Bringing Back the Bay: Efforts to Clean Up Protect and Restore San Francisco Bay Are Creating an Inviting Refuge for Wildlife-And People. (Making a Better West)

By Taggart, Lisa | Sunset, January 2002 | Go to article overview

Bringing Back the Bay: Efforts to Clean Up Protect and Restore San Francisco Bay Are Creating an Inviting Refuge for Wildlife-And People. (Making a Better West)


Taggart, Lisa, Sunset


* The salty sparkling centerpiece of the San Francisco Bay Area is such an essential element of the region that most of us who live here take it completely for granted. Of course, we shouldn't.

From San Jose to Suisun City, San Francisco Bay has a profound influence on the more than 7 million people who live and work around it. It shapes our weather our economy, and our traffic patterns; it dictates where we collect in cities-where we live and where we work. It inspires us with its many-colored waters, temperamental fogs, wildlife, and fresh air. In short, it defines us.

The bay is also increasingly, our collective backyard, the place where we go for an hour or so to escape the workaday world. Here we can burn off tensions with a hike, a jog or a bike ride and we can reconnect with the natural world by enjoying the graceful flight of passing birds or the sometimes comic antics of barbor seals. And always, the bay is a place of subtle, but incomparable beauty.

January is a great time to visit the bay's shores to appreciate just how Important--and magnificent--the estuary is. Winter bird populations are at their peak, and storm-scrubbed skies offer brilliant views. Grab your binoculars and bit a trail, rent a kayak, or hop on a bicycle; there's more to see and do here than you might imagine.

A refuge for wildlife

The bay is the most important West Coast stop on the Pacific Flyway Some birds come to nest; others just to rest. But birds aren't the only wildlife you'll find here. High winter tides temporarily flush endangered salt-marsh harvest mice from their burrows. Last spring, visitors at the Don Edwards San Francisco Bay Wildlife Refuge spotted gray whales spouting near the Dumbarton Bridge.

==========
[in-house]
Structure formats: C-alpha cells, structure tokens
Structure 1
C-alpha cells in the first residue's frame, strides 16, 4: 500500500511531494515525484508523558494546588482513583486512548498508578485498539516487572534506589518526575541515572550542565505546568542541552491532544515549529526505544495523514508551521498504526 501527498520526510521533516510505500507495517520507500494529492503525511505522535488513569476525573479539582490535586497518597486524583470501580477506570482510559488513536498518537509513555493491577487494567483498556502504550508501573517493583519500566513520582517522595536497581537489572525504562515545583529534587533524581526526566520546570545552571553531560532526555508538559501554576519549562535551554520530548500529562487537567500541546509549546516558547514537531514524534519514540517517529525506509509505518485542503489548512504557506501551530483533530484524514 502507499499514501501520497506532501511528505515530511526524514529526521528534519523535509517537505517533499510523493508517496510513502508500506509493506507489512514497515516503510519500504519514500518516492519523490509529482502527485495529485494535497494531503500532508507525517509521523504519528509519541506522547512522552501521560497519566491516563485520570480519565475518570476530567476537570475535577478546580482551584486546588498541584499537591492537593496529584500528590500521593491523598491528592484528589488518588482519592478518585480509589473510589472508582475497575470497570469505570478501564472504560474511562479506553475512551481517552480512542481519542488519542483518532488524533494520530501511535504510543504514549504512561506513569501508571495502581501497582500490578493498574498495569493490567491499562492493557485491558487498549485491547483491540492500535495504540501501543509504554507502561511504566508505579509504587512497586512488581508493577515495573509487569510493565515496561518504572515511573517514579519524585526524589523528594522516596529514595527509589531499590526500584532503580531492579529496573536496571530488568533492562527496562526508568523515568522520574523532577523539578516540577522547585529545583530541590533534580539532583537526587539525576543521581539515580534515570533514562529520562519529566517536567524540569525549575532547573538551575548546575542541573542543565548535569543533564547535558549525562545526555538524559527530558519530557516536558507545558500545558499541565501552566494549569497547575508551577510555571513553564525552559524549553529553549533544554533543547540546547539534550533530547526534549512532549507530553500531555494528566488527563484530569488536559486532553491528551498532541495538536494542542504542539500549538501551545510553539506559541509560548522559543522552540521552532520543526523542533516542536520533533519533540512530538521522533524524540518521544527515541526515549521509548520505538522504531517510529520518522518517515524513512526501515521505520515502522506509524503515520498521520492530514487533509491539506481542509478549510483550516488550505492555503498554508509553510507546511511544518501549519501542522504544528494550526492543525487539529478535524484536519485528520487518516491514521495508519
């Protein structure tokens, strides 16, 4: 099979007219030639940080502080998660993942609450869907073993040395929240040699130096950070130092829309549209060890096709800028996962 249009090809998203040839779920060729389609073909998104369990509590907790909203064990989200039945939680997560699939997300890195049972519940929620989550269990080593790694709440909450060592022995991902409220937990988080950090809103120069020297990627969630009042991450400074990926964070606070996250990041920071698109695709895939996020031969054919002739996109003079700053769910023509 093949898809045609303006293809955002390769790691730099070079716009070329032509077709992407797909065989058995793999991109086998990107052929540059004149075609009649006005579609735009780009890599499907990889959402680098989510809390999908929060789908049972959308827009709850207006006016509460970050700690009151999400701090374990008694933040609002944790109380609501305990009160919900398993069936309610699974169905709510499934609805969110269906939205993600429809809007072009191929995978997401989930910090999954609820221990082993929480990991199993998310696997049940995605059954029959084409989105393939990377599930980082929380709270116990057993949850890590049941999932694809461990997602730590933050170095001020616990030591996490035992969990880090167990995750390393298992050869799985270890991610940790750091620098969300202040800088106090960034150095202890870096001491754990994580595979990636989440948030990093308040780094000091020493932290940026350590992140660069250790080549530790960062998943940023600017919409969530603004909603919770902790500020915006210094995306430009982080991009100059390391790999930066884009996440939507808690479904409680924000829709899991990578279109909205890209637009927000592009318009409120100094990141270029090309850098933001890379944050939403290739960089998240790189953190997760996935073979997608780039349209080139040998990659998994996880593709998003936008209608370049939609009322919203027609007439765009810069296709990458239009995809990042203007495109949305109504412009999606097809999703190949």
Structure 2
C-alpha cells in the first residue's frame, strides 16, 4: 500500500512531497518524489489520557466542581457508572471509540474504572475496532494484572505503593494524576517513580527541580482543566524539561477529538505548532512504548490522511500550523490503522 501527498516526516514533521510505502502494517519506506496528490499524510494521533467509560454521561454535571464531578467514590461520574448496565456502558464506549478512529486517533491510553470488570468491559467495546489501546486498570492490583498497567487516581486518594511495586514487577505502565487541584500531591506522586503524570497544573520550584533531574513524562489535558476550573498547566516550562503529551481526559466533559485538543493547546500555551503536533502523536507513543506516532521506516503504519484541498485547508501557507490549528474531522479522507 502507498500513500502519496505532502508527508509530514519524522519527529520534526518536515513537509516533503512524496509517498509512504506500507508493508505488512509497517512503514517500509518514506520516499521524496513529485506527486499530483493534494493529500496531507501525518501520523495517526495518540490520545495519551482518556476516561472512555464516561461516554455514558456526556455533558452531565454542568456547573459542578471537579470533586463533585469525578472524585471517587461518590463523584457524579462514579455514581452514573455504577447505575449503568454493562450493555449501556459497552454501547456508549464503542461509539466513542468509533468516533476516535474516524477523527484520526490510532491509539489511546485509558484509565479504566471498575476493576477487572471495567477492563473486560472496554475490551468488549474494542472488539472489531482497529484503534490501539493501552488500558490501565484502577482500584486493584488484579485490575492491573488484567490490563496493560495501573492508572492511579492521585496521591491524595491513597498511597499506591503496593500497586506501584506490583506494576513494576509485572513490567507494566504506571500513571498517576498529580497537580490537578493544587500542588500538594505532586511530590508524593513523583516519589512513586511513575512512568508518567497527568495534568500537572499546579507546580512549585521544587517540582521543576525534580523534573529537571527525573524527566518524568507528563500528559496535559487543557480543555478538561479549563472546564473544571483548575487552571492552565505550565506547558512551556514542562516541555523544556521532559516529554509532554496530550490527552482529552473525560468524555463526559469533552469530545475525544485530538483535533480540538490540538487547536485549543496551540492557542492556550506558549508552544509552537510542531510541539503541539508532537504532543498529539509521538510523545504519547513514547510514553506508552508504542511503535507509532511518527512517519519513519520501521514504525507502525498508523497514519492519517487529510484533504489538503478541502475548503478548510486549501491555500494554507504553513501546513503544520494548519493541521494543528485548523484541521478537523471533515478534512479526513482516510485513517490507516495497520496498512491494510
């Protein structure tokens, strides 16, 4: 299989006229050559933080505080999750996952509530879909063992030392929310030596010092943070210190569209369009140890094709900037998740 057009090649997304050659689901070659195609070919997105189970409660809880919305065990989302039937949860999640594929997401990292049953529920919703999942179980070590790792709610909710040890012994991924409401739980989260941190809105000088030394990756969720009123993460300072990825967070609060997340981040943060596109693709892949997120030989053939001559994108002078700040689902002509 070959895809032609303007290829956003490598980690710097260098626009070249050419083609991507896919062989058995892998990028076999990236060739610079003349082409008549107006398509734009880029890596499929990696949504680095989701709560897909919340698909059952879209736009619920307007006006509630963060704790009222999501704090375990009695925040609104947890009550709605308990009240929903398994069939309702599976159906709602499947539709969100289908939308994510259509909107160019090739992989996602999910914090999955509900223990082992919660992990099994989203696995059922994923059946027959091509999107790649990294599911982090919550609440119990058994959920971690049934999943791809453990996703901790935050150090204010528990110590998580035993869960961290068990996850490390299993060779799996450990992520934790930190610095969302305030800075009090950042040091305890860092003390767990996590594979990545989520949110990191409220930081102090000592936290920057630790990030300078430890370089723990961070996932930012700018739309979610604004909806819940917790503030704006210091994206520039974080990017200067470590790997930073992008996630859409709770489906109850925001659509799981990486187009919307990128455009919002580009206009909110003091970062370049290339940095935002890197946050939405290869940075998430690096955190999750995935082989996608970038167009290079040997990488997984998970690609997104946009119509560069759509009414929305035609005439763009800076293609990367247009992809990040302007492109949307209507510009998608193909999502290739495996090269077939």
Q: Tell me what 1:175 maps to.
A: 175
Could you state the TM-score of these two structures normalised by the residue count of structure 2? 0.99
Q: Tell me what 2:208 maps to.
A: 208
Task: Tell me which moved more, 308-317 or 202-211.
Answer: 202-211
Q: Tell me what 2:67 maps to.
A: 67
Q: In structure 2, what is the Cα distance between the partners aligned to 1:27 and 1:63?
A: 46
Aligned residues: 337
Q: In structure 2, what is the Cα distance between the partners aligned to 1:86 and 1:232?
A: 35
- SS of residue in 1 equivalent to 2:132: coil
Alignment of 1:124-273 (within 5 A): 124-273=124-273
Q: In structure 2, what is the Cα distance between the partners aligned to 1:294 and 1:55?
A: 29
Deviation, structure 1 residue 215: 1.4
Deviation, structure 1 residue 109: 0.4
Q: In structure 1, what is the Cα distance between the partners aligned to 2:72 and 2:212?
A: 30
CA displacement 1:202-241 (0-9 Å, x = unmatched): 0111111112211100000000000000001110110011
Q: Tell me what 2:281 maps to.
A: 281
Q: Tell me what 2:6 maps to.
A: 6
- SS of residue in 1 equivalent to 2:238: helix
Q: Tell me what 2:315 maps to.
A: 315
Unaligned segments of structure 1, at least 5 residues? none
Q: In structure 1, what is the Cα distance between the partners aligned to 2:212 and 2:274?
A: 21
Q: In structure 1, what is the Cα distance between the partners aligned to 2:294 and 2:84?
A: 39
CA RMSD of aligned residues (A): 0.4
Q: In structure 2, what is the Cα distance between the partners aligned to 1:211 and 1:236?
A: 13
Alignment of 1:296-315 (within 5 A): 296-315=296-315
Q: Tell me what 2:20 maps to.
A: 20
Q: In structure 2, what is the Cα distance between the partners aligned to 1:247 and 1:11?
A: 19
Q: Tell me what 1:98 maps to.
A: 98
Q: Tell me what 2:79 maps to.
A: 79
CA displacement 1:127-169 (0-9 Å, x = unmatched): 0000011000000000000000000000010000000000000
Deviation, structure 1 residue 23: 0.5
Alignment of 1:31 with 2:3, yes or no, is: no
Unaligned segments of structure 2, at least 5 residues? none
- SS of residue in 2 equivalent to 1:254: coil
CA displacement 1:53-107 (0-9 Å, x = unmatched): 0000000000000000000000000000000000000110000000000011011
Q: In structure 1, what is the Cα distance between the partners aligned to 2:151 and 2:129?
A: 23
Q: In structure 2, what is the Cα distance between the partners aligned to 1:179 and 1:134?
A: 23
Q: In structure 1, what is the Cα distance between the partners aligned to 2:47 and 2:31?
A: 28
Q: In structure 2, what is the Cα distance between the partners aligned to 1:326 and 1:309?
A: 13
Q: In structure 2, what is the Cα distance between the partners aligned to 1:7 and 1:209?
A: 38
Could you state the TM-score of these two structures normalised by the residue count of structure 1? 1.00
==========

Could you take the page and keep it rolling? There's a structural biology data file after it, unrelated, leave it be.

The rich variety of wildlife draws scientists too. North of San Jose, Janet Hanson and Anna Clarke, who monitor birds for the San Francisco Bay Bird Observatory, have set up their spotting scope at salt ponds edging a trail along Alviso Slough in the refuge. On this sunny day the salt ponds are the silvery blue of the moon at twilight. Family groups of black-necked stilts chatter, the calm water reflecting their long red legs and black-and-white bodies. Western sandpipers flitter and turn together across the water, a ballet of tiny brown wings and light.

"We call this lazy birding," says Clarke, pointing out the thousands of brown and white pelicans, the curlews, godwits, and avocets around us. "It's just too easy"

Hanson and Clarke agree that the bay's vast diversity is often under-appreciated. "If I say 'Take me to the Peninsula's wilderness,' why don't people think of going to the bay?" says Clarke. "People talk about wildlife up in the hills. But compare the number of species right here."

Protected baylands acreage may soon expand. Cargill Salt, the company that owns the salt-mining rights in these ponds, plans to sell off as much as 17,000 acres of its salt-making operation. Federal and state agencies are hoping to buy them, and many areas may be re stored to tidal marsh.

Though price negotiations are ongoing, arguments have already sparked about how the ponds should be managed--one good example of the bay's environmental and political complexities. Some want to restore as much as possible; others say recreating tidal marsh could potentially disturb more birds than it helps.

The problem is that we just can't predict the impacts of change on such an involved, little-understood system.

An altered landscape

Change is nothing new to the 450-square-mile bay For one thing, it used to be much bigger. Since Gaspar de Portola's scouts sighted the estuary in 1769, the waterway has shrunk by a third (see maps on page 18). Now, it's enveloped by urban development: 80 percent of the bay's tidal marsh has been lost, and only 7 miles of the original 23 miles of sandy beaches remain.

Construction, agriculture, water diversion, and diking have sucked away at the waterway since settlement boomed here in the 19th century By the 1960s, 4 square miles of bay were being filled each year. …

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